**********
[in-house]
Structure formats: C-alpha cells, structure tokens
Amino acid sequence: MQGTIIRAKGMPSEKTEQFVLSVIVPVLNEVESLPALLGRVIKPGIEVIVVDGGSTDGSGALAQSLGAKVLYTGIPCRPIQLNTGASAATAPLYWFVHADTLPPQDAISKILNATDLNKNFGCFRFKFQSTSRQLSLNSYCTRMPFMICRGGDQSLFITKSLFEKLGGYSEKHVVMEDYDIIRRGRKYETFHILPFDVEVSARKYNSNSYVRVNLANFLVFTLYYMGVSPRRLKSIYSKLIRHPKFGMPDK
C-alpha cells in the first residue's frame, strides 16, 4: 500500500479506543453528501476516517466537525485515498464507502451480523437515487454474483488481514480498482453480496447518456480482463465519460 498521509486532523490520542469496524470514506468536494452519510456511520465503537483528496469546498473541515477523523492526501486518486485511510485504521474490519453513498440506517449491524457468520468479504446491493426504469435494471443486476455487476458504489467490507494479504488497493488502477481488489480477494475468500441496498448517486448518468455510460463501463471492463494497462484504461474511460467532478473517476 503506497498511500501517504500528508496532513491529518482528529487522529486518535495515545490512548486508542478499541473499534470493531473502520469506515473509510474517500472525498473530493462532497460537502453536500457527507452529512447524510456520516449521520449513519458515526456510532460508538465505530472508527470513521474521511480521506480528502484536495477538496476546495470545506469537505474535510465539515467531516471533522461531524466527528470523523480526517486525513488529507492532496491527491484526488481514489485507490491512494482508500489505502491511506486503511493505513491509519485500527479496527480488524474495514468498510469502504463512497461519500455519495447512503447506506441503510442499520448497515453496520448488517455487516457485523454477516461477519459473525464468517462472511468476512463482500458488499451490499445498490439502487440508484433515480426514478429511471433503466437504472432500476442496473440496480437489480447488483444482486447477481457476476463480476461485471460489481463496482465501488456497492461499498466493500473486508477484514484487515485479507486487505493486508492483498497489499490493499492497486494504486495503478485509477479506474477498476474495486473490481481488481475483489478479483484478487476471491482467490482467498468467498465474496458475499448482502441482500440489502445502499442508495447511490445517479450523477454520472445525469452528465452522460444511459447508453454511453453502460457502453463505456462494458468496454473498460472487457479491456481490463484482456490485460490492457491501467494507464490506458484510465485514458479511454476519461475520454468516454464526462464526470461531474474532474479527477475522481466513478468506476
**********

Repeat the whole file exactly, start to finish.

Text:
[in-house]
Structure formats: C-alpha cells, structure tokens
Amino acid sequence: MQGTIIRAKGMPSEKTEQFVLSVIVPVLNEVESLPALLGRVIKPGIEVIVVDGGSTDGSGALAQSLGAKVLYTGIPCRPIQLNTGASAATAPLYWFVHADTLPPQDAISKILNATDLNKNFGCFRFKFQSTSRQLSLNSYCTRMPFMICRGGDQSLFITKSLFEKLGGYSEKHVVMEDYDIIRRGRKYETFHILPFDVEVSARKYNSNSYVRVNLANFLVFTLYYMGVSPRRLKSIYSKLIRHPKFGMPDK
C-alpha cells in the first residue's frame, strides 16, 4: 500500500479506543453528501476516517466537525485515498464507502451480523437515487454474483488481514480498482453480496447518456480482463465519460 498521509486532523490520542469496524470514506468536494452519510456511520465503537483528496469546498473541515477523523492526501486518486485511510485504521474490519453513498440506517449491524457468520468479504446491493426504469435494471443486476455487476458504489467490507494479504488497493488502477481488489480477494475468500441496498448517486448518468455510460463501463471492463494497462484504461474511460467532478473517476 503506497498511500501517504500528508496532513491529518482528529487522529486518535495515545490512548486508542478499541473499534470493531473502520469506515473509510474517500472525498473530493462532497460537502453536500457527507452529512447524510456520516449521520449513519458515526456510532460508538465505530472508527470513521474521511480521506480528502484536495477538496476546495470545506469537505474535510465539515467531516471533522461531524466527528470523523480526517486525513488529507492532496491527491484526488481514489485507490491512494482508500489505502491511506486503511493505513491509519485500527479496527480488524474495514468498510469502504463512497461519500455519495447512503447506506441503510442499520448497515453496520448488517455487516457485523454477516461477519459473525464468517462472511468476512463482500458488499451490499445498490439502487440508484433515480426514478429511471433503466437504472432500476442496473440496480437489480447488483444482486447477481457476476463480476461485471460489481463496482465501488456497492461499498466493500473486508477484514484487515485479507486487505493486508492483498497489499490493499492497486494504486495503478485509477479506474477498476474495486473490481481488481475483489478479483484478487476471491482467490482467498468467498465474496458475499448482502441482500440489502445502499442508495447511490445517479450523477454520472445525469452528465452522460444511459447508453454511453453502460457502453463505456462494458468496454473498460472487457479491456481490463484482456490485460490492457491501467494507464490506458484510465485514458479511454476519461475520454468516454464526462464526470461531474474532474479527477475522481466513478468506476